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Unearthing Abraham’s Altar: The Cultic Dimensions of dīn, islām, and ḥanīf in the Qurʾan

This study discusses three fundamental Qurʾanic terms and argues that each has a salient cultic dimension. These terms are dīn, islām, and ḥanīf. The common understanding of these concepts, both in Islamic learning and in modern scholarship, generally does not emphasize or recognize their cultic dimensions.

The religious developments of Islam’s earliest decades have been subject to extensive research and vigorous debate in recent scholarship. What was the main thrust of the Prophet Muhammad’s preaching? What led the Prophet and his followers to form a distinct group apart from other communities of their milieu that are mentioned in the Qurʾan, namely, the mushrikūn (“pagans” or “polytheists”), Jews, and Christians? As scholars have looked to the Qurʾan to understand the religious developments of the Qurʾanic milieu, many have tended to locate the impulse behind these developments in the intellectual and theological realms of faith and conviction. For example, the Qurʾan’s emphasis on monotheism and the resulting polemic against the mushrikūn are often understood as pertaining primarily to belief and doctrine, not to matters of ritual and practice.

There is no denying the importance of doctrinal matters in the Qurʾanic milieu, but I would like to propose that many of the religious differences and conflicts referenced in the Qurʾan also had profoundly pragmatic dimensions that pertained to cultic rites of worship. By “cultic rites of worship” I mean those rituals associated with a sacred space—whether that be an altar, a sanctuary, or otherwise consecrated enclave—dedicated to a specific deity or deities and often featuring distinct taboos, purity requirements, guardians, and calendar of festivals. It appears that the rites performed in such cultic settings were central aspects of religion in Late Antique West Arabia. Accordingly, a vision of what constituted proper cultic worship—which rites to avoid, which ones to perform, and how to perform them—was crucial to the self-image of the earliest Muslims as well as the other communities that inhabited the same environment. Therefore, recognizing the precise parameters of these cultic visions is important to understanding the message of the Qurʾan, the criticisms that it levels at other religious communities, and the objections of these communities that are in turn addressed in the Qurʾan.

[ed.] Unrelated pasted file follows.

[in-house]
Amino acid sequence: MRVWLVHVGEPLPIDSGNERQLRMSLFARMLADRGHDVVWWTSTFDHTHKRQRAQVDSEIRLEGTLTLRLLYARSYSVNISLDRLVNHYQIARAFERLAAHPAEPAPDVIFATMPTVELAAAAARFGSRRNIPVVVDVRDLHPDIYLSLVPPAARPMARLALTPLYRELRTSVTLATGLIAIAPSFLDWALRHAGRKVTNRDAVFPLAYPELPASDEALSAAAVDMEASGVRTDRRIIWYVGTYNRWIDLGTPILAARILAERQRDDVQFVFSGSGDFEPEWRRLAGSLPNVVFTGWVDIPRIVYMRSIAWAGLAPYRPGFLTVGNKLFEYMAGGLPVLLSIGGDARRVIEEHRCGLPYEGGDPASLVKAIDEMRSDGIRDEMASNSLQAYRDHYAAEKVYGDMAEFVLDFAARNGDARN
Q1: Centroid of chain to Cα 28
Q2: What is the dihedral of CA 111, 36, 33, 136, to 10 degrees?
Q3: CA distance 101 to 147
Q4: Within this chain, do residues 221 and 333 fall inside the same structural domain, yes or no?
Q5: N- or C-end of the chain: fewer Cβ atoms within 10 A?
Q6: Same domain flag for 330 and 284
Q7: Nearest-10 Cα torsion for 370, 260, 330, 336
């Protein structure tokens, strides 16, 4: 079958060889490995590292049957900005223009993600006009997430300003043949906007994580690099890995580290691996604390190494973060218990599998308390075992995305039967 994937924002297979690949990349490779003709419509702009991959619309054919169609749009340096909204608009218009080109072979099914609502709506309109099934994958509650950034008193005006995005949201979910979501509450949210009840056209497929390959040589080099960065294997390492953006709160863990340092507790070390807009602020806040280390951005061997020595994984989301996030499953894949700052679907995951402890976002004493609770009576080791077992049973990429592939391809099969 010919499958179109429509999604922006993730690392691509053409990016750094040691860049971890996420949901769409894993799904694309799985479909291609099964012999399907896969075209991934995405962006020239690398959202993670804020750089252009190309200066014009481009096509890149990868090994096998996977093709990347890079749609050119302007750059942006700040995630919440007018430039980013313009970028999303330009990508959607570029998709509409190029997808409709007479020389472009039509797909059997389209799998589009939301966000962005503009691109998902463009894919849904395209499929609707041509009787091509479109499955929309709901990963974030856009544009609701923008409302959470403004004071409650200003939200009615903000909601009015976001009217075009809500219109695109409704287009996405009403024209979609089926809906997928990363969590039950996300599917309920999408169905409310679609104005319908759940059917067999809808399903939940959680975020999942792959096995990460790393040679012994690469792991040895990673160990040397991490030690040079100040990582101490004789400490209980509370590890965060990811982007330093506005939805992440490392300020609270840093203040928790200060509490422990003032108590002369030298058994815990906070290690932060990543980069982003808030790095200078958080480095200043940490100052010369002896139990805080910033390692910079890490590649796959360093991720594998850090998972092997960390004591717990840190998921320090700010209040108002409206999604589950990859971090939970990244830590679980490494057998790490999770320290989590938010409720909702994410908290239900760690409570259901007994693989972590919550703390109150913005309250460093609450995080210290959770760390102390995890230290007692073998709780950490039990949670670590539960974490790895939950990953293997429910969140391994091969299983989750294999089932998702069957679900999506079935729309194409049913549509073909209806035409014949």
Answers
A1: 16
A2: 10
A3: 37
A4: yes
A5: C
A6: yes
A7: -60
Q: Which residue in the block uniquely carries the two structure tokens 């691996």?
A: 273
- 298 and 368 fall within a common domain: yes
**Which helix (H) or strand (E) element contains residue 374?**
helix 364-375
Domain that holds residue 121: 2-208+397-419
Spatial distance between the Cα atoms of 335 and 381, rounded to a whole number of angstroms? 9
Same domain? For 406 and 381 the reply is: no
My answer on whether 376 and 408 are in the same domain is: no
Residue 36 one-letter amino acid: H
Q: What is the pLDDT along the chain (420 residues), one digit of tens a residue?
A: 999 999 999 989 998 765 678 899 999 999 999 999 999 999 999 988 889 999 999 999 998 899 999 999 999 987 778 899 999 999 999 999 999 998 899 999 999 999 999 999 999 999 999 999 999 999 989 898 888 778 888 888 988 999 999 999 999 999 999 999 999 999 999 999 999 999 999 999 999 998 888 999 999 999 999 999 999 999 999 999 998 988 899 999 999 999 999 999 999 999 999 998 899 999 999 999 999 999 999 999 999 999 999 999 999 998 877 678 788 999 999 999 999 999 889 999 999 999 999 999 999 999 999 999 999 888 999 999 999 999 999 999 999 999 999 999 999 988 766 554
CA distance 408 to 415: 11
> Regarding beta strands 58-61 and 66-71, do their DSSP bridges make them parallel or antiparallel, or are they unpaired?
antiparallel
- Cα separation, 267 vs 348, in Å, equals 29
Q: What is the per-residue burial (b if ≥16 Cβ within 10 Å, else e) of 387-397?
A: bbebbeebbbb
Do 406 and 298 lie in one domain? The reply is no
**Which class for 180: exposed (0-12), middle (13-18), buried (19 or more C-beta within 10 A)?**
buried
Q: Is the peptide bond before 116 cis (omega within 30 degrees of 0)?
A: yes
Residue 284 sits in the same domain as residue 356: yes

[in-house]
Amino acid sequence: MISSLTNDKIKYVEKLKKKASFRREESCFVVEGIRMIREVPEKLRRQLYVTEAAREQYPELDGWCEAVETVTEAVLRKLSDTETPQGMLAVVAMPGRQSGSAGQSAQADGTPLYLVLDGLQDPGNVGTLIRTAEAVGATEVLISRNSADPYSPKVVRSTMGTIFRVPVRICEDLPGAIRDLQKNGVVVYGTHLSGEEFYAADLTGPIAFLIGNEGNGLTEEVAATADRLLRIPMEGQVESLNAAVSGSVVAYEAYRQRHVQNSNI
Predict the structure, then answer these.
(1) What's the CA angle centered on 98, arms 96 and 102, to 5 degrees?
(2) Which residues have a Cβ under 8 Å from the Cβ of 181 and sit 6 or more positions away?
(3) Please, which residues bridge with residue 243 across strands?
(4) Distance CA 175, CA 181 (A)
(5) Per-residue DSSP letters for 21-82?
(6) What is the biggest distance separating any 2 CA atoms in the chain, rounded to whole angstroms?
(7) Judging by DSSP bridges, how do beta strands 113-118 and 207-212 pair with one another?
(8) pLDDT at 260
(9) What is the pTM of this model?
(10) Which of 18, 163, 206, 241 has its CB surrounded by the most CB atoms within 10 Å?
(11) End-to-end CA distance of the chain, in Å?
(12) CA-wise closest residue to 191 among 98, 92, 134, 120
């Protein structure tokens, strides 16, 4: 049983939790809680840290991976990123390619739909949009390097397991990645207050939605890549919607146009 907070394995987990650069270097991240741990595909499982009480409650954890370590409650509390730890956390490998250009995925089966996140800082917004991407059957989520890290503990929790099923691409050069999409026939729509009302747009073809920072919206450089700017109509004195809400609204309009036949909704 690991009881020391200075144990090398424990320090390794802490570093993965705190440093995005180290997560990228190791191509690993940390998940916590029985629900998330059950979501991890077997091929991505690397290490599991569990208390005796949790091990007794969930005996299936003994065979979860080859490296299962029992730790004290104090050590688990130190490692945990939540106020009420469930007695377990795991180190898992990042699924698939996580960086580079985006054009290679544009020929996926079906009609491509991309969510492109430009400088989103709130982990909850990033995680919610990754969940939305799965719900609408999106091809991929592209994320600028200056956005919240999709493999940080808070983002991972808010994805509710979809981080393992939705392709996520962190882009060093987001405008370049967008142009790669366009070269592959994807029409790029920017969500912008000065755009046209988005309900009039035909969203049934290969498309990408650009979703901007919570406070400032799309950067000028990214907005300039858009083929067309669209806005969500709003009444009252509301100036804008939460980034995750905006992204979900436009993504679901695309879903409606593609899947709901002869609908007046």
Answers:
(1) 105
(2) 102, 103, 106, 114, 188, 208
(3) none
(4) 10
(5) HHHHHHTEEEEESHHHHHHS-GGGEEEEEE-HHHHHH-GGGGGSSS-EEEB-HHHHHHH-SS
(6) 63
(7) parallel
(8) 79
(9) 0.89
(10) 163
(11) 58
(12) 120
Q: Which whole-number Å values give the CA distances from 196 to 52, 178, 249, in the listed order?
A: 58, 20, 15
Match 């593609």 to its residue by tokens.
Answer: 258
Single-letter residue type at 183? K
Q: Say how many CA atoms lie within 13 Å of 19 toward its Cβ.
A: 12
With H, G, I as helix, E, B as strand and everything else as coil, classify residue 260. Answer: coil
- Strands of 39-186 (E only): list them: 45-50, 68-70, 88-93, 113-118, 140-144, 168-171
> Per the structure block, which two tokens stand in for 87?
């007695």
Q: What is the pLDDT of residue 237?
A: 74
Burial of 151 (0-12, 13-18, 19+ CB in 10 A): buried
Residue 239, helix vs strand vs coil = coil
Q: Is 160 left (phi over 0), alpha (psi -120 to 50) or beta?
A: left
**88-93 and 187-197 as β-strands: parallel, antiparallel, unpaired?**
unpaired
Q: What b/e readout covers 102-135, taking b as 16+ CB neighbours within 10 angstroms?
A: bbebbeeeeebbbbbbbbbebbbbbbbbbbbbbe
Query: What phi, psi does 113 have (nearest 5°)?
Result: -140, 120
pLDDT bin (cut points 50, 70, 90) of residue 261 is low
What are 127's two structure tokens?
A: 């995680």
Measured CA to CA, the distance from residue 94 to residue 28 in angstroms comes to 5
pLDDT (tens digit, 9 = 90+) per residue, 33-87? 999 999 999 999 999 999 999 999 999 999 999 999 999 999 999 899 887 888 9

This study discusses three fundamental Qurʾanic terms and argues that each has a salient cultic dimension. These terms are dīn, islām, and ḥanīf. The common understanding of these concepts, both in Islamic learning and in modern scholarship, generally does not emphasize or recognize their cultic dimensions. For example, dīn is often rendered as “religion” in a broad sense, islām as “submission” (the intellectual and emotive disposition of resignation to God’s will), and anīf as a “pure monotheist” (a person who recognizes only one God) or a “gentile.” By contrast, I propose different understandings of these terms in this paper. The first section argues that dīn in the Qurʾan often means “service” or “worship” and evokes the cultic actions that were associated with the veneration of Allāh and other deities. While it may not be incorrect to translate dīn as “religion,” it should be borne in mind that cultic rites of worship played a more central role in the Qurʾanic conception of religion than we customarily associate with the term.

Bibliographic Information

Title: Unearthing Abraham’s Altar: The Cultic Dimensions of dīn, Islām, and ḥanīf in the Qurʾan

Author(s): Husein Goudarzi

Published in: Journal of Near Eastern StudiesVolume 82, Number 1.

 Language: English

Length: 26 Pages

Unearthing Abraham’s Altar

About Ali Teymoori

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